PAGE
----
The foregoing matter was not addressed by the district court nor the state in its brief. My individual research indicates that the regulation, Florida Administrative Code Rule 33-8.13(13), provides that prisoners may be placed in administrative confinement as a disciplinary punishment. However, Rule 33-3.081 defines administrative confinement and states that inmates in such confinement are not being punished. Upon a preliminary review there seems to be a question as to the conditions prescribed for administrative confinement. Since this matter was not dealt with by the state nor the district court, I do not pursue it further.
The majority opinion acknowledges at page 400 that under the evolving standards of decency that mark our maturing society, a prison inmate is entitled to be protected from the constant threat of violence and assault by other inmates. If operation of the Florida prison system results in a conscious and callous indifference to such rights, a constitutional tort has been committed.
There is no question about the legal principle that where prison supervisors with knowledge of "a pervasive and unreasonable risk of harm" to the prisoners, fail to take reasonable remedial steps to prevent such harm, their conduct may be properly characterized as "deliberate indifference" or as "tacit authorization of the offensive acts," for which they may be held independently liable under Sec. 1983. (citations omitted)
Orpiano v. Johnson, 632 F.2d 1096 (4th Cir.1980). As reflected by Secretary Wainwright's answers to interrogatories, "sexual abuse is not the subject of specific instructions." As other answers reflect, Wainwright has had knowledge of sexual abuses and the only specific assistance to offenders who have been sexually abused is the opportunity to have after-the-fact counseling by a psychologist or psychiatrist.
I conclude that the truth in this case has not been reached because of the district court's premature ruling that Wainwright was not legally responsible. The material issue of fact as to whether the protective or administrative confinement of Zatler as an alternative to being raped constituted a form of punitive response to Zatler's request for help has not been decided.
I would remand this case to the district court for trial.
Honorable Helen W. Nies, U.S. Circuit Judge for the Federal Circuit, sitting by designation
It should be noted that very little discovery has been completed in this action. The only effort to obtain information from Wainwright has been to serve him with interrogatories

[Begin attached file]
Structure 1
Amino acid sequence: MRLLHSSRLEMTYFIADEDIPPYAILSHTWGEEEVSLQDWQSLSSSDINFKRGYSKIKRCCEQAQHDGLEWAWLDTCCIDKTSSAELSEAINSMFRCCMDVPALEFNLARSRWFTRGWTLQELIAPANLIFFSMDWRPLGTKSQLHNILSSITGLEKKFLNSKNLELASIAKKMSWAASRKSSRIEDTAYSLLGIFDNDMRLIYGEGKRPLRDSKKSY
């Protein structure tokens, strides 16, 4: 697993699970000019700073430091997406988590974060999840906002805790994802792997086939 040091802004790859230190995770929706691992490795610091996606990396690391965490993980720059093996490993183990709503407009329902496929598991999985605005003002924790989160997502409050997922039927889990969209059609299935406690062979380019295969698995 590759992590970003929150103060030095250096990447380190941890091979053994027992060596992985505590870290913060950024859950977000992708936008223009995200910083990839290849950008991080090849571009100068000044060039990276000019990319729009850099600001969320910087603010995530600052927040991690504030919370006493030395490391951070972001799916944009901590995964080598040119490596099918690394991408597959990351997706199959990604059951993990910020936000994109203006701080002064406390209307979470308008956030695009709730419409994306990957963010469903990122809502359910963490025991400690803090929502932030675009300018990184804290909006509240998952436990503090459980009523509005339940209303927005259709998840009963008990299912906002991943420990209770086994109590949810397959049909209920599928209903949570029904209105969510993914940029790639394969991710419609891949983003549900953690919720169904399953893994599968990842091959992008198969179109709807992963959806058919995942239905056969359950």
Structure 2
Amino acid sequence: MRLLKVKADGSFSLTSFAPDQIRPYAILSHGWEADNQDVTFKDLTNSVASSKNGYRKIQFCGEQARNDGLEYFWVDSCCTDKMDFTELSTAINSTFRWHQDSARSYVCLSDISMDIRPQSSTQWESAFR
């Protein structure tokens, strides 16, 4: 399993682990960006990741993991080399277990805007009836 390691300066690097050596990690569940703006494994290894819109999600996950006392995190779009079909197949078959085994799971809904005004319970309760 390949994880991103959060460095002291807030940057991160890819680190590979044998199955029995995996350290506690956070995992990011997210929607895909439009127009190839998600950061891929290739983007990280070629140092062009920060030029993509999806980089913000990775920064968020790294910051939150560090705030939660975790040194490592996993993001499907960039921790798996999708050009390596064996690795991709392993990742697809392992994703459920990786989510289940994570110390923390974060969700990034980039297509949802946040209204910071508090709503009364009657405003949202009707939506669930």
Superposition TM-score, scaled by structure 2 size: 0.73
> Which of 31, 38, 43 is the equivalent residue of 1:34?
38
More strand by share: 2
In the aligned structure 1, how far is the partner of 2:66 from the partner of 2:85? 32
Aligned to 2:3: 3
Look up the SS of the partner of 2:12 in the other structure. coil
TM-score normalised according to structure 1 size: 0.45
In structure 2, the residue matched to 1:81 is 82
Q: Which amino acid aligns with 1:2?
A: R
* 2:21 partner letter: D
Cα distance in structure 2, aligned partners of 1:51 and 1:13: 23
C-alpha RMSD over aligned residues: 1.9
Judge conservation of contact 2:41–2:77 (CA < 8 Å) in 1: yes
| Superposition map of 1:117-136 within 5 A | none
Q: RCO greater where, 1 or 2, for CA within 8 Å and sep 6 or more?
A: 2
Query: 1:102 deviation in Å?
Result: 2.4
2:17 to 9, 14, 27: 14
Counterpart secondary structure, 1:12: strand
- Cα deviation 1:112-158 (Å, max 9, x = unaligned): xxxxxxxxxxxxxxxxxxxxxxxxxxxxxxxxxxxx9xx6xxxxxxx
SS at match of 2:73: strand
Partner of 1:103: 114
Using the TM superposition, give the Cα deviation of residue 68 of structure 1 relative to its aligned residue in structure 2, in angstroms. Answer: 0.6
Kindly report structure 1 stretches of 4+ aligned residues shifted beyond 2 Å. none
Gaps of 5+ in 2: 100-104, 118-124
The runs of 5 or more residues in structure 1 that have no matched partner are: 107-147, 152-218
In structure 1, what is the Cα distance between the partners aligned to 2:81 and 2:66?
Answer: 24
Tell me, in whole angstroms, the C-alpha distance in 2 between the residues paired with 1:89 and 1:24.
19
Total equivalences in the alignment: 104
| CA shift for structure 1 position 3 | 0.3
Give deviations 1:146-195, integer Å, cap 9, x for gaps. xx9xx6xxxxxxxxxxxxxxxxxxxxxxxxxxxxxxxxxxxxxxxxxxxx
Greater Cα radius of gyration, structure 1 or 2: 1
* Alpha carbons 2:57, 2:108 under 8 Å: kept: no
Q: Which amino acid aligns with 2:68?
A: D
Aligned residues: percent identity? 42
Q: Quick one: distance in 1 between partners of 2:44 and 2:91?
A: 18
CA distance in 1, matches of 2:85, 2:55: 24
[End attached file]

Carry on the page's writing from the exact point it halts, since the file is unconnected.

Although the district court referred to its order as an order of dismissal, we treat the order as one granting summary judgment. In view of the fact that the order explicitly referred to the fact that affidavits and interrogatories had been filed in this action, we presume that the district court considered the entire record in rendering its decision. See Milburn v. United States, 734 F.2d 762, 765 (11th Cir.1984) ("It has been held that the court converts a motion to dismiss into a motion for summary judgment by considering matters beyond the complaint.")
In Bonner v. City of Prichard, 661 F.2d 1206, 1207 (11th Cir.1981) (en banc) we adopted as precedent decisions of the former Fifth Circuit rendered prior to October 1, 1981
The eleventh amendment provides: "The Judicial power of the United States shall not be construed to extend to any suit in law or equity, commenced or prosecuted against one of the United States by Citizens of another State, or by Citizens or Subjects of any Foreign State." U.S.Const. amend. XI
Two Florida District Courts of Appeal have also concluded that Florida has not waived its sovereign immunity in Sec. 1983 actions. See Skoblow v. Ameri-Manage, Inc., 483 So.2d 809, 812 (Fla. 3d Dist.Ct.App.1986); Spooner v. Department of Corrections, 488 So.2d 897 (Fla. 1st Dist.Ct.App.1986). Although the Florida Supreme Court has not yet addressed this issue, in Spooner, the court certified this very question to the Florida Supreme Court pursuant to Fla.R.App.P. 9.030(a)(2)(A)(v)
The duties of the Secretary of the Department of Corrections are largely supervisory in nature and do not include the day-to-day operations of the various institutions. It is not surprising, therefore, that Wainwright has little direct contact with individual inmates. In fact, the only indication in the record that Wainwright had any personal involvement with Zatler prior to the institution of this suit, was a letter from Wainwright dated April 17, 1980 responding to Zatler's request for a transfer. In that letter, Zatler was informed that his request for a transfer had been approved
Zatler's affidavit states the following:
Protective custody in virtually every institution in which I have been placed, means that you are kept locked up in a cell around the clock. In many institutions you are permitted no more than one to one and [one] half hours per week of physical exercise. Bathing is restricted to no more than one or two times per week. Many of the cells in which persons are placed to seek protective custody are poorly ventilated and either cold in the winter or hot in the summer. The lighting is, in my opinion, inadequate for reading purposes. While library privileges are accorded, the number of books that one may check out in any one week is limited. Access to legal materials is further limited. In short, there is nothing to do but wait.